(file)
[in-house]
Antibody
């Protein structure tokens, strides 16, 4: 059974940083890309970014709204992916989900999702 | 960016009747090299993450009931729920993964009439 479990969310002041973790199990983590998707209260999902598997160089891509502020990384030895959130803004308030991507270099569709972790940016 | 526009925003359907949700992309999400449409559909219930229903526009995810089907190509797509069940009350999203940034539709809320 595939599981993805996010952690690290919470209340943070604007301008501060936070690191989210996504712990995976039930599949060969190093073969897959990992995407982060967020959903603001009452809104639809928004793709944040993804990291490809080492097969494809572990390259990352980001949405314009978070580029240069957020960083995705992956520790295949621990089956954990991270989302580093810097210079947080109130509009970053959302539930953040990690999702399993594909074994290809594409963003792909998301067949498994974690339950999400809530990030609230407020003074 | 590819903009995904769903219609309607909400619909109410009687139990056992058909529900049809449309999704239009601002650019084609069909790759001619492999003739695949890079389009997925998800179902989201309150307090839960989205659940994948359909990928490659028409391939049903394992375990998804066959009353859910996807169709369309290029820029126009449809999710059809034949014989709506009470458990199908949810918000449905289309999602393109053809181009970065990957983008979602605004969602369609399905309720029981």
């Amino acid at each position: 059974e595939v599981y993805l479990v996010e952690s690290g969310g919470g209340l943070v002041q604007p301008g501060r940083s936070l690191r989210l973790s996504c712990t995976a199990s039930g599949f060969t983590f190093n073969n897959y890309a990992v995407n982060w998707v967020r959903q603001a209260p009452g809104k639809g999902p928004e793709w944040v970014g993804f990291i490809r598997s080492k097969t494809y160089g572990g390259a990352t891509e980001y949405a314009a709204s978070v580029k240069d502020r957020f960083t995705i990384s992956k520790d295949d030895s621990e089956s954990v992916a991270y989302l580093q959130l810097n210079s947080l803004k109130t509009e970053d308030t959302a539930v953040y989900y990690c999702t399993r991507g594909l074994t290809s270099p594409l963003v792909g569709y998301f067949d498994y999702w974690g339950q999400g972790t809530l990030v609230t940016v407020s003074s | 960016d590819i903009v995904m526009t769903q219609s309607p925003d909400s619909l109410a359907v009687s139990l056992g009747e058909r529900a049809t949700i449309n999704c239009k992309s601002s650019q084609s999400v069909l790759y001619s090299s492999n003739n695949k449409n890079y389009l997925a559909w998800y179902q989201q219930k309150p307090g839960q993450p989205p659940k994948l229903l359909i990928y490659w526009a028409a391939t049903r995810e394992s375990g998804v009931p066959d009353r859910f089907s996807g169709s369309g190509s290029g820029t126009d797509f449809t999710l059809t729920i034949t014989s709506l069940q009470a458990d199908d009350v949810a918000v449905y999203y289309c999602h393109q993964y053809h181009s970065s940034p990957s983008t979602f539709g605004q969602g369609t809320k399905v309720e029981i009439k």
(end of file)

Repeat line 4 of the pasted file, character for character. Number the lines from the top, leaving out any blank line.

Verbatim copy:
């Amino acid at each position: 059974e595939v599981y993805l479990v996010e952690s690290g969310g919470g209340l943070v002041q604007p301008g501060r940083s936070l690191r989210l973790s996504c712990t995976a199990s039930g599949f060969t983590f190093n073969n897959y890309a990992v995407n982060w998707v967020r959903q603001a209260p009452g809104k639809g999902p928004e793709w944040v970014g993804f990291i490809r598997s080492k097969t494809y160089g572990g390259a990352t891509e980001y949405a314009a709204s978070v580029k240069d502020r957020f960083t995705i990384s992956k520790d295949d030895s621990e089956s954990v992916a991270y989302l580093q959130l810097n210079s947080l803004k109130t509009e970053d308030t959302a539930v953040y989900y990690c999702t399993r991507g594909l074994t290809s270099p594409l963003v792909g569709y998301f067949d498994y999702w974690g339950q999400g972790t809530l990030v609230t940016v407020s003074s | 960016d590819i903009v995904m526009t769903q219609s309607p925003d909400s619909l109410a359907v009687s139990l056992g009747e058909r529900a049809t949700i449309n999704c239009k992309s601002s650019q084609s999400v069909l790759y001619s090299s492999n003739n695949k449409n890079y389009l997925a559909w998800y179902q989201q219930k309150p307090g839960q993450p989205p659940k994948l229903l359909i990928y490659w526009a028409a391939t049903r995810e394992s375990g998804v009931p066959d009353r859910f089907s996807g169709s369309g190509s290029g820029t126009d797509f449809t999710l059809t729920i034949t014989s709506l069940q009470a458990d199908d009350v949810a918000v449905y999203y289309c999602h393109q993964y053809h181009s970065s940034p990957s983008t979602f539709g605004q969602g369609t809320k399905v309720e029981i009439k």